To assemble the cake, place a few rectangular parchment papers on the serving tray so that they are around the perimeter of the bottom cake layer. Invert the cake onto serving tray and peel off parchment paper. If your cakes have domed, use a serrated knife to cut a little of the top of cakes off so that they are both flat on top. Spread the frosting on the surface of the cake with an offset spatula or spatula. Carefully invert the second layer on another flat surface, peel of the parchment and and place the bottom of the second cake over the frosting. Spread the remaining frosting evenly around the sides and top of the cake. There should be plenty of frosting for the whole cake. Coarsely chop the candied peanuts and sprinkle candied on top of cake. Remove the rectangular parchment papers from the bottom carefully. You’ll have clean and neat serving tray without the frosting mess. Chill in fridge till ready to serve.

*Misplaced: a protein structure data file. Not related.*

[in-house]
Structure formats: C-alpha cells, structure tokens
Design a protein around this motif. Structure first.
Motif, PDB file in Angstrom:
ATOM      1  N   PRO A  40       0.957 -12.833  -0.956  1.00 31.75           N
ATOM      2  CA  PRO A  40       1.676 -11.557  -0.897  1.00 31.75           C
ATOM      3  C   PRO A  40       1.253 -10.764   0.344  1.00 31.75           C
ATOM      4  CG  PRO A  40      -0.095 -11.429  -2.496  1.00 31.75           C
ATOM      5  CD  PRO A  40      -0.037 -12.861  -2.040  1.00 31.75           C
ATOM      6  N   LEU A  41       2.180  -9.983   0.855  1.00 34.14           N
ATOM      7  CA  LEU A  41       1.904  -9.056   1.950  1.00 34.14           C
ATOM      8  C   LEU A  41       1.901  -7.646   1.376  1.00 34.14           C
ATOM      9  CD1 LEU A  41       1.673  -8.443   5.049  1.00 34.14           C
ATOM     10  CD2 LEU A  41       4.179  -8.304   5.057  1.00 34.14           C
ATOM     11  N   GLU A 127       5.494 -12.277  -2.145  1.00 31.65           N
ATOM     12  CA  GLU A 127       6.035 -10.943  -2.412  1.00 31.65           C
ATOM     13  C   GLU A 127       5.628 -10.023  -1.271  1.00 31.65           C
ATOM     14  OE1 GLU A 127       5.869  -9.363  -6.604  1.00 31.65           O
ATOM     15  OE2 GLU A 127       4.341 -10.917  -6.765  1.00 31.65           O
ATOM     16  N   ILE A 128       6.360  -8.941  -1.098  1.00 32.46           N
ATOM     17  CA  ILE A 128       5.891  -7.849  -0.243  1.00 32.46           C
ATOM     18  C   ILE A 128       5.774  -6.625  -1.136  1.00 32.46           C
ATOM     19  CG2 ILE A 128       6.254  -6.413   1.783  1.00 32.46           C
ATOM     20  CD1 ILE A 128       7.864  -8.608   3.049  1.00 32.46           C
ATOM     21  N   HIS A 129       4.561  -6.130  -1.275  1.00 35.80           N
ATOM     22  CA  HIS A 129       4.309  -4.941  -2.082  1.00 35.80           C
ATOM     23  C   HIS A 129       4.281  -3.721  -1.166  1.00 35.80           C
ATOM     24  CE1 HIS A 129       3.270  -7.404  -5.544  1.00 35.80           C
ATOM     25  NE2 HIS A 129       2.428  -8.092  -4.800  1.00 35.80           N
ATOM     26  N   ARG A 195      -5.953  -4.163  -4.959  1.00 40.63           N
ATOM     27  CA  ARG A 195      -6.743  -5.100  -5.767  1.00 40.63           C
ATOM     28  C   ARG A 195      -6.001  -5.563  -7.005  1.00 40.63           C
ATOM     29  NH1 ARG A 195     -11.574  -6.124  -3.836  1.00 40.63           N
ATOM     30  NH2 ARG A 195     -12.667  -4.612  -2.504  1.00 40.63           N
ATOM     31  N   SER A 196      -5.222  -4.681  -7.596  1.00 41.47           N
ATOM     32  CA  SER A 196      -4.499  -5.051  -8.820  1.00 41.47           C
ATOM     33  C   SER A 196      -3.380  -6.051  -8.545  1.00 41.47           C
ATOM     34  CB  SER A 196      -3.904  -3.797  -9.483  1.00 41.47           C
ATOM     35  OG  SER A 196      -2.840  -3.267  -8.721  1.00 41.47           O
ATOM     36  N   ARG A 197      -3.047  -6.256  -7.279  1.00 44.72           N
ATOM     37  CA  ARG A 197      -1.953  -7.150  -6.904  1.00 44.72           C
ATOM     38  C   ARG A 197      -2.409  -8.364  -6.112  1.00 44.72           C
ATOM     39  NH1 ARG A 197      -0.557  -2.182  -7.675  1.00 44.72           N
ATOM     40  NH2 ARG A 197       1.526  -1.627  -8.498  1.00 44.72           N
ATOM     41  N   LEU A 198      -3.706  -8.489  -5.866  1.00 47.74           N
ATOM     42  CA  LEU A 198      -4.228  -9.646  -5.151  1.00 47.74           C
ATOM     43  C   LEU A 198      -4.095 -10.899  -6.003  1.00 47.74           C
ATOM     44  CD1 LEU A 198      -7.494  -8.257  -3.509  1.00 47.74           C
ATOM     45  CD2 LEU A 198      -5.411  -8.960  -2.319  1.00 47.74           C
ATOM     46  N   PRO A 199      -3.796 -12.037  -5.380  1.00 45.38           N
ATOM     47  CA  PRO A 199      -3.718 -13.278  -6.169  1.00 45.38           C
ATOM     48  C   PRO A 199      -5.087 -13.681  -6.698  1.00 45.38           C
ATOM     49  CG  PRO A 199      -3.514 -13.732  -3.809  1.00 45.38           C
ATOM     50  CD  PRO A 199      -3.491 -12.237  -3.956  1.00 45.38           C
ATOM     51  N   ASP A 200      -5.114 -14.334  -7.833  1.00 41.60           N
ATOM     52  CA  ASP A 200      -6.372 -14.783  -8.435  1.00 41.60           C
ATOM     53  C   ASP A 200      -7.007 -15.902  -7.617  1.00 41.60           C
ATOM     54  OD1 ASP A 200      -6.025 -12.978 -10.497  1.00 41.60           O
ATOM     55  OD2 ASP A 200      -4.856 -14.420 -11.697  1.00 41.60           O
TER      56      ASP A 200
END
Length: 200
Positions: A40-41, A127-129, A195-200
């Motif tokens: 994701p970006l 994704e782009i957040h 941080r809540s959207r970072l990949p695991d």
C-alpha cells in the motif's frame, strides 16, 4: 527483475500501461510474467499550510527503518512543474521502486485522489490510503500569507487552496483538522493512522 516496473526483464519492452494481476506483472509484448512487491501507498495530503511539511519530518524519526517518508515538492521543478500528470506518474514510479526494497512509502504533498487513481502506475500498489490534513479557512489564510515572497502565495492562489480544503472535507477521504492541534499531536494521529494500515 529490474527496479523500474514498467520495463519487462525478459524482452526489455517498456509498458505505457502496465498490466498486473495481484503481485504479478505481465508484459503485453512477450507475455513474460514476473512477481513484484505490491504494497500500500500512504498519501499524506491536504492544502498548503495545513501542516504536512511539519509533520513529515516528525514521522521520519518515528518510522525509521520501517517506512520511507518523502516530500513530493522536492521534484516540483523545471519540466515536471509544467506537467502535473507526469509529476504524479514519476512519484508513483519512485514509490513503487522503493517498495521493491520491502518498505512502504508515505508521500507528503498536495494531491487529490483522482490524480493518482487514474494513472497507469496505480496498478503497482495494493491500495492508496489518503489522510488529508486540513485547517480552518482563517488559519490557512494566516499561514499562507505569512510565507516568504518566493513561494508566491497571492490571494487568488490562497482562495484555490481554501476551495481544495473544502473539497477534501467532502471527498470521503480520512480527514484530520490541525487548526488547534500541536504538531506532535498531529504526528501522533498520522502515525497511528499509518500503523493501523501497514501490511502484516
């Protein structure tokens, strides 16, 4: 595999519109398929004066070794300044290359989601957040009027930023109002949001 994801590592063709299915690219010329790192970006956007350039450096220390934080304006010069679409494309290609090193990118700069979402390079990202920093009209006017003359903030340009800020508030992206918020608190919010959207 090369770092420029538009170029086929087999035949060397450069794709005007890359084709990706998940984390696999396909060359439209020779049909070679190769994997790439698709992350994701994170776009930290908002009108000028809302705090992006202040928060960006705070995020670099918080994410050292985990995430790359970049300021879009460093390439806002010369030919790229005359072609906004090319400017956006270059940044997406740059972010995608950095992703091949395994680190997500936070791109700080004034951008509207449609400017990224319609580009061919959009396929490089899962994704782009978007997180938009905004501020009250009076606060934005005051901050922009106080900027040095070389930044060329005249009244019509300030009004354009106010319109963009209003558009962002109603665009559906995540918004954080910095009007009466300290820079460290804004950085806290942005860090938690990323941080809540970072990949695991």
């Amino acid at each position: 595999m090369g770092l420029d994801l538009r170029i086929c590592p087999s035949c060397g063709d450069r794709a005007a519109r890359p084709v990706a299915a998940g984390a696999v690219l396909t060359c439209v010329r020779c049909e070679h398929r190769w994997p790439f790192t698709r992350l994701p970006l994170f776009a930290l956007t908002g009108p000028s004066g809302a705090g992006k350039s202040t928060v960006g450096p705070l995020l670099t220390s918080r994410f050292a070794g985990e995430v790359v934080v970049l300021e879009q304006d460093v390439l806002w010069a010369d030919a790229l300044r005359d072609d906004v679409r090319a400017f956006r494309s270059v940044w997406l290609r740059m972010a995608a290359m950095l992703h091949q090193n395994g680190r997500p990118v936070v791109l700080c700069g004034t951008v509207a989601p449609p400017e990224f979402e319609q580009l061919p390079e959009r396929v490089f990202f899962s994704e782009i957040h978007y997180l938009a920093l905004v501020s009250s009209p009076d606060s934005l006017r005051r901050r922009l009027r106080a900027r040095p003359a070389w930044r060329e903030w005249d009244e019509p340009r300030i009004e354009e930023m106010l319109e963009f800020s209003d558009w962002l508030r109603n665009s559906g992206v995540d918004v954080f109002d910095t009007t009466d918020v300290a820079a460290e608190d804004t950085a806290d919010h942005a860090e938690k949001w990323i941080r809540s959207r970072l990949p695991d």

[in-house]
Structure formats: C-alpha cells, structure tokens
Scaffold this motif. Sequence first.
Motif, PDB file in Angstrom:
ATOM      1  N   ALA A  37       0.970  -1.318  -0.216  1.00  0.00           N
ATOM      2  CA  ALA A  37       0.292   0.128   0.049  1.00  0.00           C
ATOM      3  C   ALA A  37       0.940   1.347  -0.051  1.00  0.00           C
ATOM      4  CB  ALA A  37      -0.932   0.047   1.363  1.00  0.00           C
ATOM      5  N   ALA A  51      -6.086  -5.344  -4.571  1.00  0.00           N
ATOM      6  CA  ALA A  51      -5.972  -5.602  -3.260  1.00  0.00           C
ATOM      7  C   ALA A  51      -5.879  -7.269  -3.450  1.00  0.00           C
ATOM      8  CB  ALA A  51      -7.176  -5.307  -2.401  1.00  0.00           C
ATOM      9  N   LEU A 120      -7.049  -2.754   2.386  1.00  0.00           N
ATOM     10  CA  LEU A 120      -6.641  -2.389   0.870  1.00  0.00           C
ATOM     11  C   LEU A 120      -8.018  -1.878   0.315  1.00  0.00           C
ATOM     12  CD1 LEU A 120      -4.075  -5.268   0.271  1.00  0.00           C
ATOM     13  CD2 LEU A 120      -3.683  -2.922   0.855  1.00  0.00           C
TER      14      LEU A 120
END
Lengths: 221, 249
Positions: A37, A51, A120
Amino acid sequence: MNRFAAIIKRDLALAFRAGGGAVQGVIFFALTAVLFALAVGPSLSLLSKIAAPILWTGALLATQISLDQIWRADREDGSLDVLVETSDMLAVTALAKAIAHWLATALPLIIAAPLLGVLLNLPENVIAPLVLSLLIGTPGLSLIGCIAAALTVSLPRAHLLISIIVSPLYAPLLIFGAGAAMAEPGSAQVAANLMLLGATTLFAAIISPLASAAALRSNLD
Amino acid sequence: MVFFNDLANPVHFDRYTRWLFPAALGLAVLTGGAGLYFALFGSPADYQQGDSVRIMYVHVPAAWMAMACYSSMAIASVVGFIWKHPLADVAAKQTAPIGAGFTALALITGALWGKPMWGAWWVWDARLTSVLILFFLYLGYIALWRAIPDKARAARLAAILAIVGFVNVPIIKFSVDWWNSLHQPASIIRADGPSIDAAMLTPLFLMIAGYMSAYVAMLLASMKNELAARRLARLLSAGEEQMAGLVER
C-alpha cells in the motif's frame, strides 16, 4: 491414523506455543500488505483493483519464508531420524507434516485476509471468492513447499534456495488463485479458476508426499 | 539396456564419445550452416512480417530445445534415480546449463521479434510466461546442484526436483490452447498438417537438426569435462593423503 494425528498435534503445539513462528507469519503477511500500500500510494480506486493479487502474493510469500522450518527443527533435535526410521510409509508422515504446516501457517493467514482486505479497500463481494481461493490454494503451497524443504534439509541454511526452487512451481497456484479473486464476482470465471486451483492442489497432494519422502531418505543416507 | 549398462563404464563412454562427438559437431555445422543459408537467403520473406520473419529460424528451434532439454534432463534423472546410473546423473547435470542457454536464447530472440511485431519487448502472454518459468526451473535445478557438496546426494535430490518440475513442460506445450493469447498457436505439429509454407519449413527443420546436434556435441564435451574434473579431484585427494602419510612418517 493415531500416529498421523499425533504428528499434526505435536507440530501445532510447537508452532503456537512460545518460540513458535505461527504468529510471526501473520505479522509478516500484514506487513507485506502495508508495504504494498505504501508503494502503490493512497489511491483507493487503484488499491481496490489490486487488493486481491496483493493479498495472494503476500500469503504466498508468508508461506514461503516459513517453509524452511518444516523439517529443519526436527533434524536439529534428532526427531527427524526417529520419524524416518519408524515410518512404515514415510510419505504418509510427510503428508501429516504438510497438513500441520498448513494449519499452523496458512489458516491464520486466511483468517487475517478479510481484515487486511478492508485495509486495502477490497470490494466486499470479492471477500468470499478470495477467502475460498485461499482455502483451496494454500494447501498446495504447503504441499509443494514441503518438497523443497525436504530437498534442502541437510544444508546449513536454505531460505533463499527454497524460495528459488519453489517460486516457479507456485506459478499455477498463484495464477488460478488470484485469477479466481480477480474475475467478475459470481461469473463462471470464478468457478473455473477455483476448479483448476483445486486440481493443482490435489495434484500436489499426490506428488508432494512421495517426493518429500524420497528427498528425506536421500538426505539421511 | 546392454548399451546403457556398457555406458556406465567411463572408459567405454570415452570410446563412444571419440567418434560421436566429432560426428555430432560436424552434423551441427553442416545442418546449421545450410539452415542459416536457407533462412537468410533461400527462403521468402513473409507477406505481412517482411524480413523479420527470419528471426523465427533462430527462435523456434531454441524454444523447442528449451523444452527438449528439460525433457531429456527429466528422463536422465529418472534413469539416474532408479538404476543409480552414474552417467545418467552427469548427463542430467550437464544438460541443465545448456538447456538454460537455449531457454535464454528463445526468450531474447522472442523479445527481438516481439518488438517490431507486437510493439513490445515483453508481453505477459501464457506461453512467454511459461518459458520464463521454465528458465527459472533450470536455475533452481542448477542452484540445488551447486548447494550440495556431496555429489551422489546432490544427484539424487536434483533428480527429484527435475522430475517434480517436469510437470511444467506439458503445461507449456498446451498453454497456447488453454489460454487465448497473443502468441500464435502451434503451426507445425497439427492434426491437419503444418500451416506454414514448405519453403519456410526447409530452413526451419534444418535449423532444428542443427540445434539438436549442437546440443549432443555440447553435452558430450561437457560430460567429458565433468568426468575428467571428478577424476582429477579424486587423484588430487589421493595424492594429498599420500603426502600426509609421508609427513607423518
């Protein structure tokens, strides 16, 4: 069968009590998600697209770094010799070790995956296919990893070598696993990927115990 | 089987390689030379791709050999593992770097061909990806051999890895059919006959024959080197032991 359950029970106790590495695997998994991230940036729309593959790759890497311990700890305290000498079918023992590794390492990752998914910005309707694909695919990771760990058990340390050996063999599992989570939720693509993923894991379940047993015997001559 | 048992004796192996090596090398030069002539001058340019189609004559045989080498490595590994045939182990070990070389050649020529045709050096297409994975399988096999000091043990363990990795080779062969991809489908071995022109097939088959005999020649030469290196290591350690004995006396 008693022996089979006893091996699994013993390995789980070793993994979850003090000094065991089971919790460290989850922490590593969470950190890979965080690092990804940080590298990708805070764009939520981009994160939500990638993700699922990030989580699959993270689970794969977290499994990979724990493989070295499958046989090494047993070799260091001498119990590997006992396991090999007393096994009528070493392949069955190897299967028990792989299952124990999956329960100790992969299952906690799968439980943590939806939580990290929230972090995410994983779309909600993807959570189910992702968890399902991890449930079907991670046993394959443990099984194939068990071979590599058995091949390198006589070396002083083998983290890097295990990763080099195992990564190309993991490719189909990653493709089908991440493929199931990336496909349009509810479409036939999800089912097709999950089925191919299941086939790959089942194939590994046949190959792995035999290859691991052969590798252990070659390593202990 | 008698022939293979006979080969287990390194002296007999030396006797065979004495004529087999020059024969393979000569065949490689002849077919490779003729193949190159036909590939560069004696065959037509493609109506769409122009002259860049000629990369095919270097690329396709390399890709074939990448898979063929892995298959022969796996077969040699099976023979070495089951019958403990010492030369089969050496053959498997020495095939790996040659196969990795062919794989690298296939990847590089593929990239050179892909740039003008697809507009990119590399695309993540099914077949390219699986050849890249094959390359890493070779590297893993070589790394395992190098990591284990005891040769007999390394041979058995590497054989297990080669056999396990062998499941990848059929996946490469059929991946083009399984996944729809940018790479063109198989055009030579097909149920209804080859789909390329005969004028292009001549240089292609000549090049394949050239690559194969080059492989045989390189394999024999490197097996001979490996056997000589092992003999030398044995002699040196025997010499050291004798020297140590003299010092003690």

The cake keeps well for up to 3 days. In fact, it tasted better the next day so you could make this in advance and refrigerate it.
If you’re serving this to kids, you could replace the coffee with decaffeinated coffee or water.
This is definitely a birthday cake to remember because it’s so scrumptious with the banana and mocha flavour combination. I could not resist the temptation of eating another piece of cake the next day so I forced myself to give it all away. And all the pieces were gone without any complaints. That’s how yummy this cake was!
Mr. Lebovitz, if you’re reading this post (highly unlikely), thank you very much for this recipe. I’m eternally grateful and I’ll be buying your book.
(Photography courtesy of my sister-in-law, Sujatha )